Lynn Becker hit many points in his column about Millennium Park ["Inspiration or Exception?" September 3]. He also took the time to explain the many expensive mistakes that occurred during construction.
Becker correctly points out that the Gehry stage is but a variation on his Guggenheim Museum in Bilbao, Spain. For this we can thank Cindy Pritzker, who wouldn't accept Gehry's original design, a Mies style that was shown in Chicago magazine. So now, with her $20 million donation, we have an $80 million pavilion forever named for Pritzker. And Chicagoans have $270 million in new debt.
But what is most disturbing about the Gehry is that it can handle only 9,000 people for a concert, erasing its use during the gospel, blues, and jazz festivals, as well as Taste of Chicago concerts. And that is no accident; the Gehry is meant to be for the elitists who now can slum around with other elites during classical concerts and minor acts. But Chicagoans will have to pay the full cost of the $270 million despite its limited use.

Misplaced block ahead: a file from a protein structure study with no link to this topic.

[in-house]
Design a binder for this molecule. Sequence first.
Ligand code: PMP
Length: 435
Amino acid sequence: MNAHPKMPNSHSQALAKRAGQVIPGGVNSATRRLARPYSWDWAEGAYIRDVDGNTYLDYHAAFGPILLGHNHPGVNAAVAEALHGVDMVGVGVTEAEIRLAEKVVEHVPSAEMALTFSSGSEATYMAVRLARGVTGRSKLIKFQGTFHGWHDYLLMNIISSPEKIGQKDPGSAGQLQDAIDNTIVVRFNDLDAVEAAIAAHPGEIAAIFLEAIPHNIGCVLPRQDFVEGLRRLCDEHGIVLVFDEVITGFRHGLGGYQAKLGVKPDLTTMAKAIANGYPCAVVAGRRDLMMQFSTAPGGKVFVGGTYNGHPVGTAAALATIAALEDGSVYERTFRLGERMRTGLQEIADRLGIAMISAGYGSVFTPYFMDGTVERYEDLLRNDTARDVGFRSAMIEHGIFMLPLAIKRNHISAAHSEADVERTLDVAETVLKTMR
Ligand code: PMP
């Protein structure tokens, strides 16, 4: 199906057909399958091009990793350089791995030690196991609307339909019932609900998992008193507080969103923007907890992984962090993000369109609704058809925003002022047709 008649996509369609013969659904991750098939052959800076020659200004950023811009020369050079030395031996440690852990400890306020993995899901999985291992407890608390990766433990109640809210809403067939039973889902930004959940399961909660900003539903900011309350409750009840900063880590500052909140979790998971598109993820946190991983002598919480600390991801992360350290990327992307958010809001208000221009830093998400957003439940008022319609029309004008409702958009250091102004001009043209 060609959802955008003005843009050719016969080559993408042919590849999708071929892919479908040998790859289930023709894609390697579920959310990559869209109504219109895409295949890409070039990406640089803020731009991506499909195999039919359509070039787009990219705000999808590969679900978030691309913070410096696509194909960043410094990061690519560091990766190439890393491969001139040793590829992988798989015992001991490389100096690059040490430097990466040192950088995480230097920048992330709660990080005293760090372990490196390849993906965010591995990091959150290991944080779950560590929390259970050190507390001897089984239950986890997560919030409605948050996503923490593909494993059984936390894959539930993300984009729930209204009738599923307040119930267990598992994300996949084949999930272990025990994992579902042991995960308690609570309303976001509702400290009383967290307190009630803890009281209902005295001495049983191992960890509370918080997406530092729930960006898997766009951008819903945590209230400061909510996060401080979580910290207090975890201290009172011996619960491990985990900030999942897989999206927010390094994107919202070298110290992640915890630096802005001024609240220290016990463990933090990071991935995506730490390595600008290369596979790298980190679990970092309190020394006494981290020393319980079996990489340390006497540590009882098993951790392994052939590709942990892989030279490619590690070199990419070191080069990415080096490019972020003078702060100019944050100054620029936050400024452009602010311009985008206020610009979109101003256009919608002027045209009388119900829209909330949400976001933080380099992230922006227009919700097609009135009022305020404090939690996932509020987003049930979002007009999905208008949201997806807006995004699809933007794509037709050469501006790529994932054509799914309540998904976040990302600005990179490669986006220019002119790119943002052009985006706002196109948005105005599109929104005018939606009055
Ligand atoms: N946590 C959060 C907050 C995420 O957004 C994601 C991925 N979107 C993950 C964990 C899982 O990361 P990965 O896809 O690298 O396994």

Just last week the Reader published the concerts for the jazz festival. There are many acts that [performed] on temporary stages on Jackson when they could [have been] better heard and seen at the Gehry. But the only jazz act to play the Gehry [was] a Monday afternoon concert, some four days prior to the festival itself.
Even though I applaud all the hard work and moneys given by the likes of John Bryan, Millennium Park is an elitist exercise in how to get the commoners to pay for the wealthy patrons' fun.
Lynn Becker replies:
That original Gehry design was so small and spartan I doubt it would have passed muster with Mies, who was quite capable of a grand gesture. But I agree that to make the Pritzker an asset for all Chicagoans, more festivals need to be staged there, and I'd guess that many events would fit quite comfortably within its capacity of 11,000--not 9,000--people. The public's $270 million share of the cost is for the entire park.